Few areas are as important to a graphic designer as font selection. And there is nothing more annoying than seeing a great font somewhere in the wild and then not being able to find it anywhere. If you’re like me, you’ve found yourself pulling out your phone and taking a picture in the hope of matching it online later on. Thankfully there are some really great apps for iPhone that help you identify these fonts. Although there are not as many options for Android, WhatTheFont and several desktop applications can help.
The first significant app for iOS was WhatTheFont, which has eight years of experience in font identification based on pictures taken with an iPhone. This app has now evolved – its 2.0 version launched in October. WhatTheFont 2.0 overhauled the entire technology, rebuilding the app to keep pace with changes in mobile technology. The app uses deep learning technology, which makes for a more powerful process. If you are looking for one great app, WhatTheFont is my top pick.
The reality is that sometimes when you see a great font in the wild, you only have a second to capture it. When you open WhatTheFont, it takes you right to the camera, which is a plus for people who are on the go. WhatTheFont identifies each line of text in a photo. It’s easy to rotate and zoom in on the font with the app, which helps make font identification more accurate. WhatTheFont has a tie-in with MyFonts, and can take you directly to the site to purchase the fonts the app identifies. If you aren’t familiar with MyFonts, it is a great resource with more than 130,000 fonts, plus connected scripts.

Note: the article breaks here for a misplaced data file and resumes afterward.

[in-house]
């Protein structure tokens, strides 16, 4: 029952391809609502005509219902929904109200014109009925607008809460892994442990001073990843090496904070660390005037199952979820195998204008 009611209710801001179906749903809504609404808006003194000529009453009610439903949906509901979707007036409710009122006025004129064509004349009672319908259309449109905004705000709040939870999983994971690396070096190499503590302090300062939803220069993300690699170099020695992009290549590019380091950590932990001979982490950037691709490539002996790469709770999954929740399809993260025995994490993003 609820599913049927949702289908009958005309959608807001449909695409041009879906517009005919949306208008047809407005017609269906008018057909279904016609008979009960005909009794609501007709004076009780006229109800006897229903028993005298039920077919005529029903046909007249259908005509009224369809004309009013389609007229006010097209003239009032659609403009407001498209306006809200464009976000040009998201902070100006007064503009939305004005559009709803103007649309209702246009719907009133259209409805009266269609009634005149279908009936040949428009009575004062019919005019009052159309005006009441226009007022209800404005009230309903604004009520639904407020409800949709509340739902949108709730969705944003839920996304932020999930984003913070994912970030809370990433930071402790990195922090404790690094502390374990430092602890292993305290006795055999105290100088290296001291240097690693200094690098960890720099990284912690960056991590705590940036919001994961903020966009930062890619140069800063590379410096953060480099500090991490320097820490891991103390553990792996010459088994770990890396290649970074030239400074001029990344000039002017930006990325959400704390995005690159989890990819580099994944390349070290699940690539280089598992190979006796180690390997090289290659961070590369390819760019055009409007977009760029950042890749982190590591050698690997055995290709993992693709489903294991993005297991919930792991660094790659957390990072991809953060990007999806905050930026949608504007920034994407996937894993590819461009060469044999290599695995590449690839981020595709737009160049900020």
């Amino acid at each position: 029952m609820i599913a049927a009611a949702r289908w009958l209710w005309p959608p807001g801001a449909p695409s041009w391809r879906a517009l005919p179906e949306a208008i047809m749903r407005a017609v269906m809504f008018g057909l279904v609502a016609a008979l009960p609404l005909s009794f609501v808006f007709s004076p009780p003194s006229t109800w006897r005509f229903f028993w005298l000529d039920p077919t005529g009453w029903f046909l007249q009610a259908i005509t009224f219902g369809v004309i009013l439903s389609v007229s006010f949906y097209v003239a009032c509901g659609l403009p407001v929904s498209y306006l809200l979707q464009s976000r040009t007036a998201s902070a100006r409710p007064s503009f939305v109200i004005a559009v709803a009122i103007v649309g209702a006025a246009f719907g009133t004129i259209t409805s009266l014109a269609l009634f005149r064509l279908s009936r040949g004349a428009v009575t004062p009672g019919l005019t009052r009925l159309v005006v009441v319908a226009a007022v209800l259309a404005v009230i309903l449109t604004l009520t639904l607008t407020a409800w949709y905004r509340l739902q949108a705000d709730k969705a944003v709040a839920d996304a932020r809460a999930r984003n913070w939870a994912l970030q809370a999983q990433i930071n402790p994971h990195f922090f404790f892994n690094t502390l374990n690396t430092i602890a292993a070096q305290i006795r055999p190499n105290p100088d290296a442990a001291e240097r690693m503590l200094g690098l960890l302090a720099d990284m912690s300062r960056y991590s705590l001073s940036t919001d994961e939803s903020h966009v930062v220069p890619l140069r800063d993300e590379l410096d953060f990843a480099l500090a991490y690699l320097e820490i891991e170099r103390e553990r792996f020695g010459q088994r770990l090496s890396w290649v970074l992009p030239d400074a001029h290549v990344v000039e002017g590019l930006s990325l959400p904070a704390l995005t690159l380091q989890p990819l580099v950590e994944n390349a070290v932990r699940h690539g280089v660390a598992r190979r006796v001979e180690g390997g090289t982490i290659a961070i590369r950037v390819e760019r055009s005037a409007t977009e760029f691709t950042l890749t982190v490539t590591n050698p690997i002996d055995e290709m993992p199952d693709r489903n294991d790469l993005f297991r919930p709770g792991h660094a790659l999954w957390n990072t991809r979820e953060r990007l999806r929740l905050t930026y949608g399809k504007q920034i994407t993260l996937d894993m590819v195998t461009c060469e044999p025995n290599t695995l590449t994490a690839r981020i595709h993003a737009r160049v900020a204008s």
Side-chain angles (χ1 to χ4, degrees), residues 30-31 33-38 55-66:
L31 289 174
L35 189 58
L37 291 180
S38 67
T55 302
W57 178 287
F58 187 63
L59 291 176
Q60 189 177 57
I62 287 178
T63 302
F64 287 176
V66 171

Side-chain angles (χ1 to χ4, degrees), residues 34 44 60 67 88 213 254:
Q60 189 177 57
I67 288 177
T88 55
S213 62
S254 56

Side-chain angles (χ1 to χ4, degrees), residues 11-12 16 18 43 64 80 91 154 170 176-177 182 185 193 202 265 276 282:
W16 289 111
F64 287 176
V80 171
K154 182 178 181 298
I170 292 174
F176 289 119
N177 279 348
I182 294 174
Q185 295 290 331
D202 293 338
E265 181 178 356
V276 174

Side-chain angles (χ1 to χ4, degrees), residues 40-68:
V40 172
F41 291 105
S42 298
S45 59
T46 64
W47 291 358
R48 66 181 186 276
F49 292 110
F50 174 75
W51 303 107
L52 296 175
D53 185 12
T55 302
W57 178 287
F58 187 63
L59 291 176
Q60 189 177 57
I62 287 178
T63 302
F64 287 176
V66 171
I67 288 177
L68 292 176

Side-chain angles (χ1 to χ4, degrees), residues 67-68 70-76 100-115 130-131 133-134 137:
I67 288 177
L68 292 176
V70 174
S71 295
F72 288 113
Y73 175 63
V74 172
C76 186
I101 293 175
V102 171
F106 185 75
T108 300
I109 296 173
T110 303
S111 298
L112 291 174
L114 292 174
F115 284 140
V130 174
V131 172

WhatTheFont is now available for Android as well.
Whereas WhatTheFont is a single app, Adobe’s Capture CC is a broader app with multiple tools, as befits any app coming from Adobe. The biggest drawback to Capture is that its camera interface is not as sophisticated as WhatTheFont. You are essentially only able to capture one line of text, and you need to snap the pic inside a box. Unlike WhatTheFont, it can only do one kind of font at a time, rather than analyzing multiple fonts and multiple lines from one capture.
Capture has a few features that WhatTheFont does not have, however. For example, once you receive your list of fonts, you can then edit certain aspects of the font, such as style, size, and tracking. If you are a Creative Cloud user, the font can be saved to Adobe Capture for later syncing, making it more integrated with all of your other Adobe applications, such as Photoshop.
Adobe Capture CC was also updated recently. Some designers prefer its search capability, which is powered by Typekit font library. Others think WhatTheFont is simply more accurate. The best way to determine which is right for you is to work with both of the apps.
There are also online tools that are helpful for casual users who don’t want an immediate answer from their phone. WhatFontIs is the best online tool. At their website, you simply upload a photograph from your mobile device or computer, and then WhatFontIs will give you the options. Identifont helps identify fonts based on your answers to questions, and lets you search fonts based on parameters you choose. Fonts by Sight is another question-based app that helps you identify characteristics of the font. Once you’ve answered the questions, it gives you a list of fonts that match your description.